We never actually get a name for Kruge's monster dog — not even its species. Simply by virtue of the thing being the pet of a Klingon, it's possible this is one of the oft-mentioned targs. However, targs wouldn't be mentioned until TNG and would look different than Kruge's slimy beast, so for now, it belongs in the "who knows" file. 

We never see the fierce canine hurt anyone aboard Kruge's Bird of Prey, but he certainly looks like he could. When Kruge orders his men to feed the beast, the brave Klingon warriors seem visibly uncomfortable about the prospect. 

Sadly, Kruge's time with his pet is cut short. Whatever species it is, the beast is electrocuted during the brief exchange of fire between the Klingon ship and the Enterprise.

DS9's Pup is one of Star Trek's more interesting pets

Perhaps the most unique Trek pet we know of is introduced in DS9's first season. In "The Forsaken," an unmanned probe emerges from the Bajoran Wormhole. After the station interfaces with the probe, Chief Miles O'Brien notices DS9's computers are working better than ever, but that doesn't last long. O'Brien tells Commander Sisko (Avery Brooks) that the computer is acting like a young "pup." Every time O'Brien leaves Ops, the chief explains, something goes wrong that brings him back, as if the computer were a puppy desperate for attention. 

It's determined that Pup is a sentient program. To resolve the issue, O'Brien writes what he calls a "doghouse" program meant to occupy Pup so it won't keep wreaking havoc. Presumably, Pup stays in the station's computers for most, if not all, of the rest of the series, if it was lucky enough to survive certain incidents. For example, in the season 5 finale "Call to Arms," Kira Nerys (Nana Visitor) sets off a program designed to incapacitate DS9's computers when the Dominion takes over the station. Pup isn't mentioned again in the series, so it isn't clear if it survived.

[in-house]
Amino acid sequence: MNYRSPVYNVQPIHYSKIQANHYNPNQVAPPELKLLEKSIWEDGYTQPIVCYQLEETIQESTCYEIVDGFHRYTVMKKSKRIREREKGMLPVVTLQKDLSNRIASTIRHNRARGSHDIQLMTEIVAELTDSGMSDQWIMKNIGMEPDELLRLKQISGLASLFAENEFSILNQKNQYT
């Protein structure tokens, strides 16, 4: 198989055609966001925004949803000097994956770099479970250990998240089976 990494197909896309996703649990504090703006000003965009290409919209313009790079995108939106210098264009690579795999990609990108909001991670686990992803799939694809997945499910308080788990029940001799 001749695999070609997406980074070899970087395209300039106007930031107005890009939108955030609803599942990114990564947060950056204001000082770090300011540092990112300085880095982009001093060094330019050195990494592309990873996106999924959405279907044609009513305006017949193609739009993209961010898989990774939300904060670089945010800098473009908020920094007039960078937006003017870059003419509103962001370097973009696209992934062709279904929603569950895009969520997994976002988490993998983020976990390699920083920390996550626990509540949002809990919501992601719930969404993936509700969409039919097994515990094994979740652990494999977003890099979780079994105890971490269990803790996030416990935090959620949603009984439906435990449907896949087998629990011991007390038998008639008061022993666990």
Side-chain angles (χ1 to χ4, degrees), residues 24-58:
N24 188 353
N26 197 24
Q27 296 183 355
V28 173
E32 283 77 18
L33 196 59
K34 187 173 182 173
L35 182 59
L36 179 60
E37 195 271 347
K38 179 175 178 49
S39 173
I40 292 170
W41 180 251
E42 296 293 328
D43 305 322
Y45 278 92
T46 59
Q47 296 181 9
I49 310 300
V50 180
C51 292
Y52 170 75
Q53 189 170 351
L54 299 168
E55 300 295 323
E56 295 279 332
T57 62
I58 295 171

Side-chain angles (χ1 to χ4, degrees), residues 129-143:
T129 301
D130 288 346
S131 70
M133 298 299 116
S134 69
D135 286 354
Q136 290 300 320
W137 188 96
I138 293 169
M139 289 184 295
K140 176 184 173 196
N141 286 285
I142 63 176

Everybody's talking about Phlox's Pyrithian bat

Probably no other pet in Star Trek's history is mentioned as often while, at the same time, as rarely seen as the unnamed Pyrithian bat that Dr. Phlox (John Billingsley) keeps in the sickbay in Star Trek: Enterprise. One of the only times we see her is in season 2's "A Night in Sickbay," when Captain Archer (Scott Bakula) is watching over his own ailing pet — the beagle Porthos. Archer wakes up to what sounds like Phlox cursing in his native Denobulan because the bat has escaped her cage. In a funny scene, Archer and Phlox repeatedly fail to recapture the bat, only to have Ensign Sato (Linda Park) wander in and pluck it out of the air with ease.

Enterprise fans might wonder why we don't mention the rest of Phlox's impressive menagerie of sickbay critters on this list. The truth is, we don't think you can call most of Phlox's animals "pets." He uses most for research or for treatment, and it isn't uncommon for them to be sacrificed in the process. The Pyrithian bat is an exception. 

Chester is part pet, part guilt trip

Ever take care of a pet out of guilt? Well, meet Chester the cat. When Starfleet Intelligence taps Miles O'Brien to go undercover in the Orion Syndicate in the DS9 episode "Honor Among Thieves," the engineer wins the trust of old-timer Liam Bilby (Nick Tate). The first time Miles visits Bilby's home, the old crook warns him that there's a chair only Chester is allowed to sit in. And one of Bilby's final requests before the Syndicate murders him is that Miles take care of Chester. Miles honors the request and brings Chester back with him to DS9, much to the chagrin of his wife, Keiko (Rosalind Chao).